But it is unfair and short-sighted to have each stakeholder operating in their own best interests. The River Suir which flows through Waterford City is flanked for much its upstream length by callows = meadows which flood whenever there is too much rain for the river bed&banks to take away. Having 1m of water sitting on your meadow is bad for the farmer because that's a tonne weight per sq.m. which compacts the soil, suffocates the earthworms and changes the microbial flora of the soil to anaerobic. It takes years to recover. Accordingly farmers have pushed up berms along the river bank which protects their grassland from these adverse effects.
Q. Where does the water go?
A. It backs up and floods the streets, home and businesses of Clonmel.
If we lived in Padraig Pearse's socialist paradise, the property rights of farmers would not trump those of town-dwellers who buy their beef and potatoes from said farmers. Clonmel floods pretty much every winter.
In this week's Nature, John Moore and three other glaciologists describe a few cunning plans to solve all the problems of future sea-level rise by stopping sea-level rise. To a hammer everything looks like a nail, and glaciologists know how glaciers move. If you really understand a system, then you can start to imagine interventions. The knowledge which two generations of government-funded academic scientists have discovered about the pattern and process of inflammation have allowed MegaPharm Inc. to develop profitable anti-inflammatories. Moore&3more propose to Geoengineer polar glaciers to slow sea-level rise: stalling the fastest flows of ice into the oceans would buy us a few centuries to deal with climate change and protect coasts. Here is the executive summary:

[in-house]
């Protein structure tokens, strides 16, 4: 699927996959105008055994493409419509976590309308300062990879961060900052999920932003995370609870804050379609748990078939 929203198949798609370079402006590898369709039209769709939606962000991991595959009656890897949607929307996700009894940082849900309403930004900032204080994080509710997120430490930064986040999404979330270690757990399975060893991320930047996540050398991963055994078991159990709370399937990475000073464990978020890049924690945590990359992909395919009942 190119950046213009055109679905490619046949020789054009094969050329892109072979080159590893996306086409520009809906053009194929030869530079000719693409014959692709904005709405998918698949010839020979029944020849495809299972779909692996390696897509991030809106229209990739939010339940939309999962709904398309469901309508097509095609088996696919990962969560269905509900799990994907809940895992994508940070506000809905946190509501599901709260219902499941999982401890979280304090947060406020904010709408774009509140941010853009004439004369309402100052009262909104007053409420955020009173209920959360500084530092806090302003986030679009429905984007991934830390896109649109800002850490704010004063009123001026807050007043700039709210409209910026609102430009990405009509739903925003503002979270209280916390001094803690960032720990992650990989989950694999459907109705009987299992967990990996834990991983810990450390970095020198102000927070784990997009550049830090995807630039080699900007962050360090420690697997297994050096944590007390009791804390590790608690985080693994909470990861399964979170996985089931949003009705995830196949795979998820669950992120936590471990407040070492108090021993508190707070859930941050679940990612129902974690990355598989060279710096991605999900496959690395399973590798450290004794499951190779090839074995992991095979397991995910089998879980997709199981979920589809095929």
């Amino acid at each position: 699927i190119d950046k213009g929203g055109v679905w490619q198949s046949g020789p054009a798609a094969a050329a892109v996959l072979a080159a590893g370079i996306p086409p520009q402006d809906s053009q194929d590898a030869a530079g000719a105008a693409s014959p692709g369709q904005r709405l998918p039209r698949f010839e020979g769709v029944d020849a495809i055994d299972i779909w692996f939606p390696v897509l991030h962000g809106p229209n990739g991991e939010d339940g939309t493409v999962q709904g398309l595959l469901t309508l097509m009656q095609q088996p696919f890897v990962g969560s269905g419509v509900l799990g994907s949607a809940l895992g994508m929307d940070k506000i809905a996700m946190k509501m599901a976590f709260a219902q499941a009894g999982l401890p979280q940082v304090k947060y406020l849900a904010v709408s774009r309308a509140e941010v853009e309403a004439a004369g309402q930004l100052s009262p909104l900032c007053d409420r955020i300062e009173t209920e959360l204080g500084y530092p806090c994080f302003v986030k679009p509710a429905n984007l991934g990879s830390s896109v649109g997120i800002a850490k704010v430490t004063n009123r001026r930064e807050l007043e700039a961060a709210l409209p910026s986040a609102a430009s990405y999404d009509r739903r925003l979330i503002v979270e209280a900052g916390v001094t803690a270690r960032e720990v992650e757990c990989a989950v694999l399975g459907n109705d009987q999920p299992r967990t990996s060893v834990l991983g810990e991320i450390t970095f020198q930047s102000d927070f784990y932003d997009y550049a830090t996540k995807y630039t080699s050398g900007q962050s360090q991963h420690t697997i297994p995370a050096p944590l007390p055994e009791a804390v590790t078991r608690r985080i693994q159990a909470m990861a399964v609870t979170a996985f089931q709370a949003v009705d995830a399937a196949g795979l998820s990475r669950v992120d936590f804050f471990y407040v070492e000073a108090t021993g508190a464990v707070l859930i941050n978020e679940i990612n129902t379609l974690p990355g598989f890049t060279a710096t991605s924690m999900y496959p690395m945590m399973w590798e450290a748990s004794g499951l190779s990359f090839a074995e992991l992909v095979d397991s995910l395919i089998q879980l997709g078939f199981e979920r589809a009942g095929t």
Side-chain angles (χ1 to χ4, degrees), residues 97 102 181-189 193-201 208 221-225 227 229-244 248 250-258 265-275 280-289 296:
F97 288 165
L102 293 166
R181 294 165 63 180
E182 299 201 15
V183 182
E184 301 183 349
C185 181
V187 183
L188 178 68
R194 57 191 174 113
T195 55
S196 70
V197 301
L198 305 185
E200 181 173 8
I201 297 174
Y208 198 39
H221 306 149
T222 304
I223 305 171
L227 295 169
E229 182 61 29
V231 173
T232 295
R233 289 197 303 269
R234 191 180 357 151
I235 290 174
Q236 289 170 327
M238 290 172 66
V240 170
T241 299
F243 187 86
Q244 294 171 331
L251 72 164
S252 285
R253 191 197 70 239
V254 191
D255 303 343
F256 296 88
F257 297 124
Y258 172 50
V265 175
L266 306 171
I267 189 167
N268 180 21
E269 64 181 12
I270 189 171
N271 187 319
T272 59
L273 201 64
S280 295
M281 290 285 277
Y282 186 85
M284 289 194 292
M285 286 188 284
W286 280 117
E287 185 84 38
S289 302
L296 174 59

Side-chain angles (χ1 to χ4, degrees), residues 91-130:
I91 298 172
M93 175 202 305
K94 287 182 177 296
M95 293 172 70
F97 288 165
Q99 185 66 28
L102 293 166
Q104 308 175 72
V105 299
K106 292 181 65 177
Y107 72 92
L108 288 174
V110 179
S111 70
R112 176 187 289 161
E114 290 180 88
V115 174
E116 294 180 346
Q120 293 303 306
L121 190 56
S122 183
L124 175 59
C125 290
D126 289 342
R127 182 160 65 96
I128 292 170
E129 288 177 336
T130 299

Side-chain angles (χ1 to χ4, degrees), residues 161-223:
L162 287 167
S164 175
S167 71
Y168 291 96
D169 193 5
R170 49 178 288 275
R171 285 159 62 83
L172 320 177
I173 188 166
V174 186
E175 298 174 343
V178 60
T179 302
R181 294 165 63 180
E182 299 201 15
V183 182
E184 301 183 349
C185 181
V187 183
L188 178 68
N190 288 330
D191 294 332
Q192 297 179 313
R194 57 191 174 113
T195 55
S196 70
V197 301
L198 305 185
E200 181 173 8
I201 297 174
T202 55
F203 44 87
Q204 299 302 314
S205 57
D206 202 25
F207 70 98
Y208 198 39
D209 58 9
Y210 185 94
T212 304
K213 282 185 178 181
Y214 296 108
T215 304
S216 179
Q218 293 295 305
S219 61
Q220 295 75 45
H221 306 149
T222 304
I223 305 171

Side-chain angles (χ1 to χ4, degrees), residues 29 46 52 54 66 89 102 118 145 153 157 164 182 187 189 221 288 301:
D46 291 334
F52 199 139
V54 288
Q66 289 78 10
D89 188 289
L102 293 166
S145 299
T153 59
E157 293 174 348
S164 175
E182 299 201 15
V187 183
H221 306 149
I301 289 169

- Protect the leading edge of the biggest glaciers from contact with warmer ocean water by dumping millions of tonnes of rock on top of existing sea-bed undulations to prevent or minimise melt and keep the ice-bergs uncalved. The Jakobshavn glacier in Greenland accounts for 4% of 20thC sea-level rise. It could be insulated by shifting 0.1 cu.km of to create a berm across the 'estuary'. That's 10% of the volume shifted to dig the Suez Canal and that was done by fellaheen with baskets and shovels . . . with a bit of help from steam-power.
- Pin the leading edge of glaciers with immovable [ya hope] concrete pillars built up from suitable rises in the bed rock and/or creating new or extending existing islands. Some of these sub-projects will require a LOT more material to be moved, and stabilised. Not forgetting, as I say above, that the weather is rougher out at sea and moving water has tremendous destructive power.
- Dry up the lubricating sub-glacial streams. Glaciers slip along nicely when they experience summer surface melting which cascades liquid water down the cracks and crevasses. Even without that, the action of grinding thousands of tonnes of ice against an immovable rocky base generates enough frictional heat to lube up the under-surface. Moore&3more concentrate on the feasibility to getting access to the flowing water through 1km of frozen over-burden but seem short on ideas of what to do once they get there. Me, I'd pump down wood-chips to increase the viscosity. Twigs and brambles have been very effective at preventing water-flow in the drains at home so that water blurfs out into the road-bed to sweep the whole thing downhill in a heap.